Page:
NEW YORK — The Justice Department will appeal a federal judge's ruling blocking its intervention on President Trump's behalf in a defamation lawsuit brought by an author who accused Trump of sexually assaulting her in the 1990s.
In U.S. District Judge Lewis A. Kaplan’s 59-page ruling issued a month ago, he said Trump was not an “employee” under the federal law that Justice Department lawyers referenced to justify their entry into the case. The judge also decided that Trump’s comments denying the accusation did not amount to White House official business.
Since then, Kaplan has ordered the law firm of Marc Kasowitz, which has long represented Trump in personal matters, to step in again on Trump’s behalf.
If successful in getting back into the case, the Justice Department could argue that the lawsuit should be voided under the theory of “sovereign immunity,” which prevents lawsuits against the government from going forward.
Carroll’s lawyer Roberta Kaplan said she is “not at all surprised” that the Justice Department attorneys are still fighting “at the request of the White House.”
“From the very start of this case, Donald Trump’s number one goal has been to avoid discovery and cause delay,” Kaplan said in a statement, adding that it “remains to be seen” whether President-elect Biden’s pick for attorney general will support the effort.
Kaplan said she expects the U.S. Court of Appeals for the 2nd Circuit to “affirm [Judge Kaplan’s] comprehensive and well-reasoned opinion.”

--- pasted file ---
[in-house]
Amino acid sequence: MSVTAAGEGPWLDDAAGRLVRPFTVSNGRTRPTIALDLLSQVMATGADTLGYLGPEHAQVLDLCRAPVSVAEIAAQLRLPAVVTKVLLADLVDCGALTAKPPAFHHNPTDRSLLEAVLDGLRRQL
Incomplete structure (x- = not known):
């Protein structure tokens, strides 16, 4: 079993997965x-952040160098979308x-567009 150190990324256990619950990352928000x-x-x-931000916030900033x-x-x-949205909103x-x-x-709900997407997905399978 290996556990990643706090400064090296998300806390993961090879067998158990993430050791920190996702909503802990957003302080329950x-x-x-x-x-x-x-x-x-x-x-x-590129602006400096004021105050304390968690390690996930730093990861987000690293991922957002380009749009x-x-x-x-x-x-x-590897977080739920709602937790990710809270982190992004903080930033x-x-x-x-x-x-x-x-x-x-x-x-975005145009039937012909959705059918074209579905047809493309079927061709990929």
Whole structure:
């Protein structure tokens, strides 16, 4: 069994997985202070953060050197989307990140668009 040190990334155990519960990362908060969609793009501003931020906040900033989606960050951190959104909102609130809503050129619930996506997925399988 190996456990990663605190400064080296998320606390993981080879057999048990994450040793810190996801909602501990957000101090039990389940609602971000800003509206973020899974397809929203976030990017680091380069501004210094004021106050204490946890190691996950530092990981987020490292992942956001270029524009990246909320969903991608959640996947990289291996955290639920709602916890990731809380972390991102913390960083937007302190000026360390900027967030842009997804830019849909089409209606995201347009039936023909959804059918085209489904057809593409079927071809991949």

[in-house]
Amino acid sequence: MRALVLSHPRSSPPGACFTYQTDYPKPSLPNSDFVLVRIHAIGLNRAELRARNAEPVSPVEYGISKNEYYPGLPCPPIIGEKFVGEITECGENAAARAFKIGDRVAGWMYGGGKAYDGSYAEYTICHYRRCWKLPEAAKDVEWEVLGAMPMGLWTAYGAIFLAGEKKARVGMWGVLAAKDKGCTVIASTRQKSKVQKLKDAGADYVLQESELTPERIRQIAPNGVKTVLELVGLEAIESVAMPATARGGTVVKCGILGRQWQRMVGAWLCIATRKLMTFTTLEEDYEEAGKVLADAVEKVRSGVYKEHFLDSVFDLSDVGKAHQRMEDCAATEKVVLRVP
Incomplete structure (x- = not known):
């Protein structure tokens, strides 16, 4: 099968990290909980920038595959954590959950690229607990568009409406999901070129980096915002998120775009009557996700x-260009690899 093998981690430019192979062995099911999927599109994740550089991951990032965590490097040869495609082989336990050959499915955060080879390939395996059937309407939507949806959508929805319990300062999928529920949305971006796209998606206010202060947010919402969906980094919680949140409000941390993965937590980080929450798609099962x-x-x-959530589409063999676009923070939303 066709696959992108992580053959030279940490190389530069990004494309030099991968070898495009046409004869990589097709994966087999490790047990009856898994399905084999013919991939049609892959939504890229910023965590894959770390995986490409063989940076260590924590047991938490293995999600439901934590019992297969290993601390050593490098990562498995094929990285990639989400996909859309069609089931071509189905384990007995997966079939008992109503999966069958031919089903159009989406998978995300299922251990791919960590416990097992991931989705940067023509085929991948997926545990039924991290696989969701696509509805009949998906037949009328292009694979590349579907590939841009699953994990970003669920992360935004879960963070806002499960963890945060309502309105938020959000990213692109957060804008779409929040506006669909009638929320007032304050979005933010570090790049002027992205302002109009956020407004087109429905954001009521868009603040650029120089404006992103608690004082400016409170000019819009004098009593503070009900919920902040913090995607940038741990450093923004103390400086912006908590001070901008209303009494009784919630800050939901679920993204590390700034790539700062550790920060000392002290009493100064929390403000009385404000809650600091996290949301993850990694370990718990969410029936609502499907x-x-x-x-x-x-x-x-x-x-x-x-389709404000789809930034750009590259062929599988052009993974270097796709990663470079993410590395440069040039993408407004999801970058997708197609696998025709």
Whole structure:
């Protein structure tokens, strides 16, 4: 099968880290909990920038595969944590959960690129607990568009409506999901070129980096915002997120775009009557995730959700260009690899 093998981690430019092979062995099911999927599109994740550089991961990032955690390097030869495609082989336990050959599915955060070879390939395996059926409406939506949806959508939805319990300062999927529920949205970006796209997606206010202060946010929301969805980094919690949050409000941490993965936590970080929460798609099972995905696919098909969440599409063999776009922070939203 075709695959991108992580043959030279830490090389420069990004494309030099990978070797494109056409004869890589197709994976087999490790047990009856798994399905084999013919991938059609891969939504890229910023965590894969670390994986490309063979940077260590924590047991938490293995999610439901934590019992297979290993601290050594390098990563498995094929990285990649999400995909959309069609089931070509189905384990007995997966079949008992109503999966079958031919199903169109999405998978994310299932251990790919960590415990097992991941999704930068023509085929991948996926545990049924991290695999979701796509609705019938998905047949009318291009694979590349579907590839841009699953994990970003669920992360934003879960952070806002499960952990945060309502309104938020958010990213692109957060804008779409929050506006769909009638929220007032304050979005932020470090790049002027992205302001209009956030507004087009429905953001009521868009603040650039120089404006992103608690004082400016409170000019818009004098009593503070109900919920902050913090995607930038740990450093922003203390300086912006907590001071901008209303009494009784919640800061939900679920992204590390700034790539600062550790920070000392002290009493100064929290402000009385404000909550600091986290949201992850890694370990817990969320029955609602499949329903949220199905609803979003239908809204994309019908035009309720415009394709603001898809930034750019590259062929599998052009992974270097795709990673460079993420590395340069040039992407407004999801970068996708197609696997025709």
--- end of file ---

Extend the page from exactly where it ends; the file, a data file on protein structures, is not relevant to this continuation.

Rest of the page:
In her 2019 memoir, Carroll, who at the time of publication was an advice columnist for Elle magazine, accused Trump of sexually assaulting her inside a dressing room at Bergdorf Goodman in Manhattan. In response, Trump called her a liar and suggested that her claim could not be true because he was not attracted to her.
Carroll sued the president for defamation but it was months before the Justice Department moved to intervene. That came at a point in the proceedings when it became clear that Trump would soon have to be deposed and provide a DNA sample to be compared to a stain of genetic material on the dress Carroll said she wore the day of the encounter.
Those steps in the discovery process have not yet taken place.
The action by Justice Department officials transferred the case from state court in New York to the U.S. District Court in Manhattan.